Another study [6] investigated a microwave SiP (system-in-package) module with ceramic substrates. QFN (quad flat no-lead) and QFP packages with other passive components were mounted on two levels of ceramic substrates interconnected with nickel-cobalt ferrous alloy (Kovar) columns. The module itself was mounted on FR4 PCB. Through 3D FEM simulation, warpage and stress variation were analysed during the reflow process. The viscoplastic Anand model was applied to the SAC solder balls. The results showed increasing warpage with the increase in maximum reached temperatures. The effective and residual stresses reached their maximum in the solder ball roots at the outermost diagonal corners.
Warpage was predicted at the board level with 3D FEM during FC reflow with an IR component in [7]. The layered PCB was populated with larger packages such as BGA using simplified models. Heat conduction was coupled with thermal stress calculation including glass transition. Convective and radiative boundary conditions were combined as heat transfer. The convective part was determined from Nusselt-type theory. The warpage increased with rising temperature and reached its maximum at the peak temperature. Besides ambient temperature and conveyor speed, the thickness of the board had the greatest impact on warpage percentage.
Warpage of PCB equipped with dual in-line memory module (DIMM) socket was experimentally studied and modelled in [8] at different thermal loads. The deformation caused by CTE difference between the socket and the PCB was calculated with 3D FEM using simplified linear elastic models, where the board and the socket were treated as composites. The elastic properties and CTE values of the materials were determined by in situ measurement and bending tests. An analytic solution was also proposed based on the beam bending theory.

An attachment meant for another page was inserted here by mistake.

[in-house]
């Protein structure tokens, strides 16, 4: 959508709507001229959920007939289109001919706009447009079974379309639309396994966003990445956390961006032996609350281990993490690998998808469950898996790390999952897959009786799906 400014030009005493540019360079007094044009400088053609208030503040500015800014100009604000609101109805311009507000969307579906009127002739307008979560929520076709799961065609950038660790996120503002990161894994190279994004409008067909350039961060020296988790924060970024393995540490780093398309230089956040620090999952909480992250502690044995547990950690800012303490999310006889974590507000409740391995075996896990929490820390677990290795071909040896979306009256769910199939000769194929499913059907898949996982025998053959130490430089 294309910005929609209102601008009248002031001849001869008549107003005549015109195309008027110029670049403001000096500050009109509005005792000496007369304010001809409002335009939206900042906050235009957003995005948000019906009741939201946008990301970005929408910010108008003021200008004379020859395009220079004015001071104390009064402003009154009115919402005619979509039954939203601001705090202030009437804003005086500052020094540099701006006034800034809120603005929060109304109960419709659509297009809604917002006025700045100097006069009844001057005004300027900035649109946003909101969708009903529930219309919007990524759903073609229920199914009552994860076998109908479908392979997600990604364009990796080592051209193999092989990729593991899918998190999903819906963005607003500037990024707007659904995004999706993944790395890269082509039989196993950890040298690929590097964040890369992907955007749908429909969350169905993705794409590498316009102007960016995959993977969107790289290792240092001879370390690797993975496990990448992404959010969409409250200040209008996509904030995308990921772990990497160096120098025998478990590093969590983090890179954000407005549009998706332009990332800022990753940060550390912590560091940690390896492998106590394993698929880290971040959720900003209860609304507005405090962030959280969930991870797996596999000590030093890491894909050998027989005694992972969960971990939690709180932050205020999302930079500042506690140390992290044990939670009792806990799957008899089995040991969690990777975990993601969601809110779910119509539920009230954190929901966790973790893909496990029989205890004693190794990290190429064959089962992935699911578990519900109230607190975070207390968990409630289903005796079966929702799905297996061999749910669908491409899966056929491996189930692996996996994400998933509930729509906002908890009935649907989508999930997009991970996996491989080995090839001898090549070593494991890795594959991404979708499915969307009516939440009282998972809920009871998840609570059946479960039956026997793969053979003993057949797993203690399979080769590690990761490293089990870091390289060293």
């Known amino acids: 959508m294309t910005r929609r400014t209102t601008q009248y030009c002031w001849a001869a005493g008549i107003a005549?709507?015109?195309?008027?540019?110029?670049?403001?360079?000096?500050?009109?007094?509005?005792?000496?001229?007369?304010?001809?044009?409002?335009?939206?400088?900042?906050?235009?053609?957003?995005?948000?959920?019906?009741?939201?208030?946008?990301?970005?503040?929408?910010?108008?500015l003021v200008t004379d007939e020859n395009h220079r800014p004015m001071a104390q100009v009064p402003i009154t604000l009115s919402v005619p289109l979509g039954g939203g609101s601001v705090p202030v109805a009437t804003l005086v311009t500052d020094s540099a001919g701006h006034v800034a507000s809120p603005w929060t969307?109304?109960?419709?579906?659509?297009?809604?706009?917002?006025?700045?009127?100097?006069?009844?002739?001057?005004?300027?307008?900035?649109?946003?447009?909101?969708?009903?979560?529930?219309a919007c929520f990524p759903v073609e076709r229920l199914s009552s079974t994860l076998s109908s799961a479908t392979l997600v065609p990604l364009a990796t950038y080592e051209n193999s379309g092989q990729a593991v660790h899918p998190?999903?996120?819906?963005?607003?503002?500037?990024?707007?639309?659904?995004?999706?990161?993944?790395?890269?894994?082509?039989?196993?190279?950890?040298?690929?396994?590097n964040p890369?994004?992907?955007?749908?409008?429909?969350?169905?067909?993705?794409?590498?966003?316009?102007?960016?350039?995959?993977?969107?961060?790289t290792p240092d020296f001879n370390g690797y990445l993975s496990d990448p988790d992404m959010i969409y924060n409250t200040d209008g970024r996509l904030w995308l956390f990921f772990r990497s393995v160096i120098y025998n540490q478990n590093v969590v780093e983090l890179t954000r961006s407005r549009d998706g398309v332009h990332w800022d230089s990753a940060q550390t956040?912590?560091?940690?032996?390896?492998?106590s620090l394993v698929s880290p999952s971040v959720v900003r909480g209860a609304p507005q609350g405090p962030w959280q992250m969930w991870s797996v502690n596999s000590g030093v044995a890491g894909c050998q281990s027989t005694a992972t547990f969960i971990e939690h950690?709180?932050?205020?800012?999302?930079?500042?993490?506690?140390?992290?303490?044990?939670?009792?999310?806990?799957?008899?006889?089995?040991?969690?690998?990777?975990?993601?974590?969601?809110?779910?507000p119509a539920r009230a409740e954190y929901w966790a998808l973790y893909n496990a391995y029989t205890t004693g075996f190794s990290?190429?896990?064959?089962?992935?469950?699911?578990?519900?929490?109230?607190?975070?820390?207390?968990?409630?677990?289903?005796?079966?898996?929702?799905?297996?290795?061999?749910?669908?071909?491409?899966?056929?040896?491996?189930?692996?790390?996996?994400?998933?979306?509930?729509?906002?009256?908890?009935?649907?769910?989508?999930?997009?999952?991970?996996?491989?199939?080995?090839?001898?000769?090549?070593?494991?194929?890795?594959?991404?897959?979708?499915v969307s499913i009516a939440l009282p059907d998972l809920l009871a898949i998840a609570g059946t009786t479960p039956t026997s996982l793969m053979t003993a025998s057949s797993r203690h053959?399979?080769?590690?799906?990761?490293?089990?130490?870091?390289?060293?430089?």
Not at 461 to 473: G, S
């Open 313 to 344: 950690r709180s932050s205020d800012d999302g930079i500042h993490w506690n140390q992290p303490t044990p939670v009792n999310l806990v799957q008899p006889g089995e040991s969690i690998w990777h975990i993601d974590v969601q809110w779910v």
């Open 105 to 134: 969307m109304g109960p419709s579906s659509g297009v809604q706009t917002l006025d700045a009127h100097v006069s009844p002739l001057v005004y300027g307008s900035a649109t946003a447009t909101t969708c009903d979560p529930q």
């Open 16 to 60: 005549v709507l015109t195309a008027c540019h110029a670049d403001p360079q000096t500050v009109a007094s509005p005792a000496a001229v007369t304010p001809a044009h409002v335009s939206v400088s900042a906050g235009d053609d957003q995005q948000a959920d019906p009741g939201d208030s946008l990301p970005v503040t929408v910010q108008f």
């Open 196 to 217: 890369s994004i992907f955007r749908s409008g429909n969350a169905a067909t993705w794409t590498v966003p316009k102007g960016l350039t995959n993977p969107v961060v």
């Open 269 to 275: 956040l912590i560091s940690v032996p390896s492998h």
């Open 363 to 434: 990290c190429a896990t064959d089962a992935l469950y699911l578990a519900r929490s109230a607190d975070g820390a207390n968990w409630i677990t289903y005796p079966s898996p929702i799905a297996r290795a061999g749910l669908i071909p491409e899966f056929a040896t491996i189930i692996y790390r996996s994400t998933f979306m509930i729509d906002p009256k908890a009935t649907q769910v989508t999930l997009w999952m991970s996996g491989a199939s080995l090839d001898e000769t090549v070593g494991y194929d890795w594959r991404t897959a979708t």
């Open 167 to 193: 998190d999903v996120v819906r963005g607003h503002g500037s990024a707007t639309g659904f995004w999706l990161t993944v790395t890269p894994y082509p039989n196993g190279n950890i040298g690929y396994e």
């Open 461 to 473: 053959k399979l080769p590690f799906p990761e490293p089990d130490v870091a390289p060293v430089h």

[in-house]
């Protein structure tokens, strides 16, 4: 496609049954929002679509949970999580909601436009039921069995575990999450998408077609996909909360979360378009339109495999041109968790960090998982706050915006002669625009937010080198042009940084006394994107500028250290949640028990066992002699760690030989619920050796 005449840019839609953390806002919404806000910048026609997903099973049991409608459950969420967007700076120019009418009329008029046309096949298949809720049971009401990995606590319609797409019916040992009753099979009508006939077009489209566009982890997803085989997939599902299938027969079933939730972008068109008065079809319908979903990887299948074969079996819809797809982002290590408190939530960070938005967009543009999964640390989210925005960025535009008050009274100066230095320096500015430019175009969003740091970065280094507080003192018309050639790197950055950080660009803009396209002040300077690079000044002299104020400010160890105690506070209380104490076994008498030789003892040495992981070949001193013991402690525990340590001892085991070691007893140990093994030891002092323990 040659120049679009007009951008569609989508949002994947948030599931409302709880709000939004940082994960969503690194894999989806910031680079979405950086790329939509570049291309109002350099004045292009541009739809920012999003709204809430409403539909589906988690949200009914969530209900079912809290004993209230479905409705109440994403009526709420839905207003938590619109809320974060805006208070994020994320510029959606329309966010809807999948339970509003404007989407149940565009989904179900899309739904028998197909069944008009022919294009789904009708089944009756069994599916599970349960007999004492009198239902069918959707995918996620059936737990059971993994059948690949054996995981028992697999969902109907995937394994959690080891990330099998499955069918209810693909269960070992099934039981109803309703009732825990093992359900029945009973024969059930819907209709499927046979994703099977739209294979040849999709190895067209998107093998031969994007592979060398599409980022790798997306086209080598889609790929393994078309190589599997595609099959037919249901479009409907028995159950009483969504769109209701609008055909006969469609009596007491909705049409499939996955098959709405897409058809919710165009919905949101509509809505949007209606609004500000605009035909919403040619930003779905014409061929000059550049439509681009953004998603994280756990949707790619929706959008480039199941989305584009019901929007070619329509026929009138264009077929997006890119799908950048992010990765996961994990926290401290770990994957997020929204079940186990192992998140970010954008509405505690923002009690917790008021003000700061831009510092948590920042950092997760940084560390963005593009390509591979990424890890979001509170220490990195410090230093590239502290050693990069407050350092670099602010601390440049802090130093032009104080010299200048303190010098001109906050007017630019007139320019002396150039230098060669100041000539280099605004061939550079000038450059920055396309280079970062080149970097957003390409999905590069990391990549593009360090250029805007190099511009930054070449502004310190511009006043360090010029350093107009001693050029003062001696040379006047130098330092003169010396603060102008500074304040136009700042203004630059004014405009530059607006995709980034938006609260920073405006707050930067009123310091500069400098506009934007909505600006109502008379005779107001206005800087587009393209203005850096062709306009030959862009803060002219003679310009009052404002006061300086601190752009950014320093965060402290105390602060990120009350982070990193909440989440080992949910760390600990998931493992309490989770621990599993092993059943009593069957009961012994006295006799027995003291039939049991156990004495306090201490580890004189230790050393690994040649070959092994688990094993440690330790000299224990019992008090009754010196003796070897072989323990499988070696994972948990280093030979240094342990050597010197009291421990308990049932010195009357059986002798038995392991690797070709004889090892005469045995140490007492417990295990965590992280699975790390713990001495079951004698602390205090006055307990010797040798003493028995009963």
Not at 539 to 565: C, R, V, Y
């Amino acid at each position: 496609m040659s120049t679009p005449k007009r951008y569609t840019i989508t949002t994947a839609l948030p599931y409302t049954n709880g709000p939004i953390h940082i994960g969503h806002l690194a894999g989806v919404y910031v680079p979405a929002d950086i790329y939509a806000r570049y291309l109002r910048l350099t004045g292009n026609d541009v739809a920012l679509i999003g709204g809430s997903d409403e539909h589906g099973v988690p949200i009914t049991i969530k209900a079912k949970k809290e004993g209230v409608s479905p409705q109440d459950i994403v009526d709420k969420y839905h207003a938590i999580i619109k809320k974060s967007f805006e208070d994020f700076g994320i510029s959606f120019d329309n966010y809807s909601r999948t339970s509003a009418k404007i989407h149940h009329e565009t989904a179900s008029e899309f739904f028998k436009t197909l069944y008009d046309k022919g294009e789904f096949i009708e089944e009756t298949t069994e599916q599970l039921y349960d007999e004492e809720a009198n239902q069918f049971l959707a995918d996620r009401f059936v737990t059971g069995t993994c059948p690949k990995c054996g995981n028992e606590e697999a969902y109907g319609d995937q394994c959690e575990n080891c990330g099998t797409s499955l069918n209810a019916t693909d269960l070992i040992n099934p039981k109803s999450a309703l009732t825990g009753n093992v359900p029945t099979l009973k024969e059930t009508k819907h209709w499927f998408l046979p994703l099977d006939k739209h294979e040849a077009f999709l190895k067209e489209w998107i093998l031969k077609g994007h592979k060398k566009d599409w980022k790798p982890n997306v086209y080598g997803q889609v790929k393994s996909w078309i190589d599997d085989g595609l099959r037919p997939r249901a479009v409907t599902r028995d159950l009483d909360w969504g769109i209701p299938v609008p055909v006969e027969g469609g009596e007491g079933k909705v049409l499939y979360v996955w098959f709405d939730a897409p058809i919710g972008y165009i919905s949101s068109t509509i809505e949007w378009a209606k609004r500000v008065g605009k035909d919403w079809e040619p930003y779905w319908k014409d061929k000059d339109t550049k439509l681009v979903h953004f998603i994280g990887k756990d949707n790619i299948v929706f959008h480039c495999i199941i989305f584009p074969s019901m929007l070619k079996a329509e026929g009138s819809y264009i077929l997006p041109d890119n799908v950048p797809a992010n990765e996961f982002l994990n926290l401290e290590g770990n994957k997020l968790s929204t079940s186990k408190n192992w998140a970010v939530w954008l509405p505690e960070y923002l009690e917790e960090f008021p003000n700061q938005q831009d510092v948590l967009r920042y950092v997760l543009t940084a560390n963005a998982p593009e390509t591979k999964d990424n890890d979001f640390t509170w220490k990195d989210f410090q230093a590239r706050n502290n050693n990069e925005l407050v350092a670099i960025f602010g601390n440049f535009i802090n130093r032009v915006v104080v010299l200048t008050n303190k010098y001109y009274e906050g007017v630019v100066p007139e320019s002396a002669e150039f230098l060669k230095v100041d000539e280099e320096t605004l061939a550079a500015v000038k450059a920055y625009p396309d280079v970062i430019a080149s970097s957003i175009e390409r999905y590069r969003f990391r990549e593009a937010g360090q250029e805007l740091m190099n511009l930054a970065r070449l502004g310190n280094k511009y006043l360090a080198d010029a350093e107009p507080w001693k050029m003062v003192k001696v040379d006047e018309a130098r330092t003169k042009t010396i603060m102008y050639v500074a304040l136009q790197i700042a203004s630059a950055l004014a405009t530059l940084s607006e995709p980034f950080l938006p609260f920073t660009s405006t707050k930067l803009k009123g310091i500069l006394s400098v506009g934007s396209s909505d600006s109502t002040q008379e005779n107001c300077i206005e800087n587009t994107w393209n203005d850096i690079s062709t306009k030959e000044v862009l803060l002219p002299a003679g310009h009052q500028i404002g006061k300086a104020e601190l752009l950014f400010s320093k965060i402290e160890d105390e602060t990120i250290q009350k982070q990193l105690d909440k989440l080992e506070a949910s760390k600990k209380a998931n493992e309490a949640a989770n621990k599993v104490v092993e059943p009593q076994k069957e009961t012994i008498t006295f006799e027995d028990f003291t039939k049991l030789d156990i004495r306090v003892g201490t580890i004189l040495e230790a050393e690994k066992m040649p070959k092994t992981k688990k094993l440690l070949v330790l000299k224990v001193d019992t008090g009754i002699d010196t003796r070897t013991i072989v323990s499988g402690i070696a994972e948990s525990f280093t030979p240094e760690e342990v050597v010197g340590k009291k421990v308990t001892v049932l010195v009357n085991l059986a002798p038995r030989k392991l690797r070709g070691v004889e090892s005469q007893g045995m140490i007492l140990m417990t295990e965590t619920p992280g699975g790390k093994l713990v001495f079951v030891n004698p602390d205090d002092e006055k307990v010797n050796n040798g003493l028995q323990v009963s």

Warpage and residual stresses induced during reflow soldering were investigated in an insulated gate bipolar transistor (IGBT) power module in [9]. These modules contain a thick copper base substrate, and thin direct bonded copper (DBC) plates are soldered onto it. DBC plates have a ceramic core, and the copper layer is patterned. The components are mounted and wire bonded onto the DBC plates, while the base substrate could be equipped with a massive heat sink from the other side. This structure ensures effective cooling for high-power current switching. These modules require a specialised reflow technique that uses a controlled hot surface to transfer heat to the substrate by direct contact. A vacuum is applied in the closed chamber above the liquidus temperature to eliminate solder voids. Predicting residual warpage is crucial to achieve excellent heat sink contact. A 3D FEM model was built including material plasticity and viscoplastic solder behaviour. The maximum stress (residual and effective) appeared in the ceramic plates due to the CTE mismatch compared to the copper substrate. It was found that deformation and stress can be safely reduced by decreasing the thickness of the ceramic plates or applying pre-warped copper substrates. This model was extended in [10] by changing to a coated AlSiC metal matrix composite substrate to decrease CTE difference. Temperature-dependent material properties and the effect of latent heat during phase change were also included.

3. Component Level Analysis

The diffusion of moisture in polymer materials in the case of improper storage may cause a “popcorn” cracking effect in the package. This means that there is a vapour pressure build-up during heat transfer in reflow ovens, causing a crack in the plastic body of the electronic component. Interfacial delamination is usually observable in such cases between the encapsulant material and lead frame in the package structure. Delamination originates from small voids or defects in material interfaces that arise during manufacture and are able to grow due to thermal stress. This complex phenomenon was modelled in [11]. A two-dimensional thin QFP package model with leadframe, epoxy moulding compound (EMC), and silicon die was investigated. A 2D FEM approach was applied in the study. The 0.2 mm long delamination interface was placed between the frame and EMC. Transient temperature, moisture concentration, and vapour pressure were the focus of the calculations. These parameters were then coupled to the stress field. The total energy release rate was determined based on the so-called “modified virtual crack closure” (MVCCT) technique. The results revealed that EMC material with a lower elastic modulus contained lower thermal stress. Similarly, lower CME and diffusion coefficient resulted in decreased hygrostress.